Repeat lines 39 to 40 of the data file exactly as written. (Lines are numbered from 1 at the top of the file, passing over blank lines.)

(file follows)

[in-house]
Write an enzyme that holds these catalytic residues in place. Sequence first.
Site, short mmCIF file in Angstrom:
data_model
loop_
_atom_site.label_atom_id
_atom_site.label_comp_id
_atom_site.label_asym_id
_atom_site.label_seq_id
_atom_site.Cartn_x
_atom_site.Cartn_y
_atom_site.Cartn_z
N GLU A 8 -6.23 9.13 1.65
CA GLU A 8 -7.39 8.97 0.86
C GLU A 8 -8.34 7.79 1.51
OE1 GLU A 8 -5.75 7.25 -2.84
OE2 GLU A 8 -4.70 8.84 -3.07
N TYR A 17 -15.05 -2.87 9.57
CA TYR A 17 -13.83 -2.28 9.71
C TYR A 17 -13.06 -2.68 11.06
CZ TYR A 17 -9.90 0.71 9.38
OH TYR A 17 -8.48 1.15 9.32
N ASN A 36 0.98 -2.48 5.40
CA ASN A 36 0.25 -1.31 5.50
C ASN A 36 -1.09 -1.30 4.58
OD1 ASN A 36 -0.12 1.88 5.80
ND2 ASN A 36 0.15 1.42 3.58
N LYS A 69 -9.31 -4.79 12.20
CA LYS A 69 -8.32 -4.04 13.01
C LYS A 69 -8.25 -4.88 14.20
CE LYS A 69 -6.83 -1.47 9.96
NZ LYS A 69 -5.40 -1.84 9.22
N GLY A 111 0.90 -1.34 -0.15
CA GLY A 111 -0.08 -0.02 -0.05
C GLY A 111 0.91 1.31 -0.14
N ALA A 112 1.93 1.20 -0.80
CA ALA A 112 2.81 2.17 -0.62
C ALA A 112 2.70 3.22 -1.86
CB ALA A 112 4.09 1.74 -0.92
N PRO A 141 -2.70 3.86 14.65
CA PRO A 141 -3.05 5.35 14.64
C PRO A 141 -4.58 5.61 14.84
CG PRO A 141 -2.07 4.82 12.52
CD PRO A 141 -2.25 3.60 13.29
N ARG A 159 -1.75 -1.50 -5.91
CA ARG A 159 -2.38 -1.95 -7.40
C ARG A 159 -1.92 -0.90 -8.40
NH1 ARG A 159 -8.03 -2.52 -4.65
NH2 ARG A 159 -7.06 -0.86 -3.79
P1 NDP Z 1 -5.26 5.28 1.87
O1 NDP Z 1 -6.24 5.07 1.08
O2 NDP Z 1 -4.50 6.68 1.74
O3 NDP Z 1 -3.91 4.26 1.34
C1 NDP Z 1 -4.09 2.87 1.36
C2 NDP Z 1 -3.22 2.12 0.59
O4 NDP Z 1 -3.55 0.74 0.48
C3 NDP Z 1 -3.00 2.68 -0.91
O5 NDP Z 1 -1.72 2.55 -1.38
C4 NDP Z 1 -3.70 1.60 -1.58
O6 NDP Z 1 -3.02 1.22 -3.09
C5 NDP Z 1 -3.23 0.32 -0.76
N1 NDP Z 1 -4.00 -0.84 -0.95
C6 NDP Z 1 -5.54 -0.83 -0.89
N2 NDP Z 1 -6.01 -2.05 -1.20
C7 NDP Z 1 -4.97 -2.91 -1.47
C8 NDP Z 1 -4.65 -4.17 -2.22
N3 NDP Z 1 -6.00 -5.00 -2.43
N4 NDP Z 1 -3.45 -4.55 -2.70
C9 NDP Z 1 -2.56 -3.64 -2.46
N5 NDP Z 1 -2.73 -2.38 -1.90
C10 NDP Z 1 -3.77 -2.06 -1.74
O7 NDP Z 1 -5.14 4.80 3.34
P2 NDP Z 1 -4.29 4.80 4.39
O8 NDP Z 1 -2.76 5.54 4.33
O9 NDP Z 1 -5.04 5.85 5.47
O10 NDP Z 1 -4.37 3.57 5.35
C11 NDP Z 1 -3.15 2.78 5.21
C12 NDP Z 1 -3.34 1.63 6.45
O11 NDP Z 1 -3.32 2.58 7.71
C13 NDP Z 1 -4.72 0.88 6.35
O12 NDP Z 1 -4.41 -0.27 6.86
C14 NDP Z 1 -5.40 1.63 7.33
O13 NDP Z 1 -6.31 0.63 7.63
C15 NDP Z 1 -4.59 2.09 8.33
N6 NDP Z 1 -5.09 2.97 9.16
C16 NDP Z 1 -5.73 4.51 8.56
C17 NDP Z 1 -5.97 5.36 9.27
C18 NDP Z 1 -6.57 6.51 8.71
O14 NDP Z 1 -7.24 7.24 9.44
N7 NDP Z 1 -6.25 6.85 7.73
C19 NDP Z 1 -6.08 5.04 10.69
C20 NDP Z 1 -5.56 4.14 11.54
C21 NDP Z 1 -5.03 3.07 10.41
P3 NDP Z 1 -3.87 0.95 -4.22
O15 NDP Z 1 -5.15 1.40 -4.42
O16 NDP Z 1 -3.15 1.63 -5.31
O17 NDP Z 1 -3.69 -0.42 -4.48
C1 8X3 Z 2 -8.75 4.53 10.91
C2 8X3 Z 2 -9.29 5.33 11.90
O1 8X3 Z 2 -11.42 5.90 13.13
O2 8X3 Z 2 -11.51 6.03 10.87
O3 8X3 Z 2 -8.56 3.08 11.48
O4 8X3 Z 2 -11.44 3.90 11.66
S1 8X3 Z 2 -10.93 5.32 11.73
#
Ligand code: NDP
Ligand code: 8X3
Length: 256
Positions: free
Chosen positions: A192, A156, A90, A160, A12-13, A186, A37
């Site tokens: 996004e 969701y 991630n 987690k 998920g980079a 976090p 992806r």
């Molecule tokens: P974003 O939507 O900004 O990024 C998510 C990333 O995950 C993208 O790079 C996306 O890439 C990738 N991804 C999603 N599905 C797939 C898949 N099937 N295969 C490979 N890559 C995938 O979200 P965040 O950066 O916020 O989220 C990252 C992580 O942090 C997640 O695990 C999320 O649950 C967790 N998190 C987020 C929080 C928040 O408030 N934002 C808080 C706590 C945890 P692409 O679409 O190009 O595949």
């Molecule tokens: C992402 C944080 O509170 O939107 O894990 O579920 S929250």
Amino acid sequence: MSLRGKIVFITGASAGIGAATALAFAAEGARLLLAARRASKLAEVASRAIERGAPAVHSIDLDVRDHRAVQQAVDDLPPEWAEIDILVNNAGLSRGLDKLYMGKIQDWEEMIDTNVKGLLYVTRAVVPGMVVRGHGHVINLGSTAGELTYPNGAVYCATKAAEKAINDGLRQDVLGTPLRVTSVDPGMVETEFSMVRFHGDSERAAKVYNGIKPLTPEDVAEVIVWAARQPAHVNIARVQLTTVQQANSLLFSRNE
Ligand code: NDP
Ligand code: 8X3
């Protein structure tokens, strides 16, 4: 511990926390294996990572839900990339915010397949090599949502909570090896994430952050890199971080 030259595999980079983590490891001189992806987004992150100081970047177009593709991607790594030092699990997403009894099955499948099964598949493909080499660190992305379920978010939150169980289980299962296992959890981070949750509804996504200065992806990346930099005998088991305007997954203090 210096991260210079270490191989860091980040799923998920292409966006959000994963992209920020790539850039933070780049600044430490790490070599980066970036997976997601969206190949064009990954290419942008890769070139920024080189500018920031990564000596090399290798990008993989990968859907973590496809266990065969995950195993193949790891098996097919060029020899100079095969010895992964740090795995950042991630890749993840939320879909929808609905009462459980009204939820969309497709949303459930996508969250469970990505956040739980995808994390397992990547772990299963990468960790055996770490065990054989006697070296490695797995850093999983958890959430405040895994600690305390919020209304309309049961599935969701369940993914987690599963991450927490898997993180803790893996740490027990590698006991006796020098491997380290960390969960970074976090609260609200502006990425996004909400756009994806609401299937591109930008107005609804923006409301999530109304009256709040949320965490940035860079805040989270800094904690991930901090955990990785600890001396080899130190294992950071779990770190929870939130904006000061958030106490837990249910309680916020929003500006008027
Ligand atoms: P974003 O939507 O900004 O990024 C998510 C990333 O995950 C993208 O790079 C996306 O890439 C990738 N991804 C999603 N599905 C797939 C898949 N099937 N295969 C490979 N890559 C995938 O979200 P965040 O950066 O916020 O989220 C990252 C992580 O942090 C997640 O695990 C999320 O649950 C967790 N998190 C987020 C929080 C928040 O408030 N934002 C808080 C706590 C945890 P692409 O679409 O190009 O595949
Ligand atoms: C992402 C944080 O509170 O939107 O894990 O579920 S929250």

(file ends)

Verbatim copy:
CB ALA A 112 4.09 1.74 -0.92
N PRO A 141 -2.70 3.86 14.65